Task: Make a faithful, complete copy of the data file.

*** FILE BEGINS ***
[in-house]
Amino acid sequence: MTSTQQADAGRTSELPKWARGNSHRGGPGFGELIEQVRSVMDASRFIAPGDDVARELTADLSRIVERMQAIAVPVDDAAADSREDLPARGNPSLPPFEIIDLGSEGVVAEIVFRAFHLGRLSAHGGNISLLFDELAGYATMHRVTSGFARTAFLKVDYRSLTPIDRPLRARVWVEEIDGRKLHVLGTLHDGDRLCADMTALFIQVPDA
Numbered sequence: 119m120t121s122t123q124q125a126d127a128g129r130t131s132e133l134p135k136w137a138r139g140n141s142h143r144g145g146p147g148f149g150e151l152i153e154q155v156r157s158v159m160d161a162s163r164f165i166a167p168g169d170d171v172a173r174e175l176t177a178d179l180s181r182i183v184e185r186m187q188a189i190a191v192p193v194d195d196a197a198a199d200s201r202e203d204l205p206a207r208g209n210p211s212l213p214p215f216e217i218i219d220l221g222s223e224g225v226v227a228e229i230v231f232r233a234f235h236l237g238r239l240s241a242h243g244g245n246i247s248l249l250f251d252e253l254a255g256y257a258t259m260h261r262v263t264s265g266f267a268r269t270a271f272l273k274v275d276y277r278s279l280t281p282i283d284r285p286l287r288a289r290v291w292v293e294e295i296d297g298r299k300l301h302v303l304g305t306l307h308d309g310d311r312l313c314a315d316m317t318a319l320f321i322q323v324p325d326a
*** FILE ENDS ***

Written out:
[in-house]
Amino acid sequence: MTSTQQADAGRTSELPKWARGNSHRGGPGFGELIEQVRSVMDASRFIAPGDDVARELTADLSRIVERMQAIAVPVDDAAADSREDLPARGNPSLPPFEIIDLGSEGVVAEIVFRAFHLGRLSAHGGNISLLFDELAGYATMHRVTSGFARTAFLKVDYRSLTPIDRPLRARVWVEEIDGRKLHVLGTLHDGDRLCADMTALFIQVPDA
Numbered sequence: 119m120t121s122t123q124q125a126d127a128g129r130t131s132e133l134p135k136w137a138r139g140n141s142h143r144g145g146p147g148f149g150e151l152i153e154q155v156r157s158v159m160d161a162s163r164f165i166a167p168g169d170d171v172a173r174e175l176t177a178d179l180s181r182i183v184e185r186m187q188a189i190a191v192p193v194d195d196a197a198a199d200s201r202e203d204l205p206a207r208g209n210p211s212l213p214p215f216e217i218i219d220l221g222s223e224g225v226v227a228e229i230v231f232r233a234f235h236l237g238r239l240s241a242h243g244g245n246i247s248l249l250f251d252e253l254a255g256y257a258t259m260h261r262v263t264s265g266f267a268r269t270a271f272l273k274v275d276y277r278s279l280t281p282i283d284r285p286l287r288a289r290v291w292v293e294e295i296d297g298r299k300l301h302v303l304g305t306l307h308d309g310d311r312l313c314a315d316m317t318a319l320f321i322q323v324p325d326a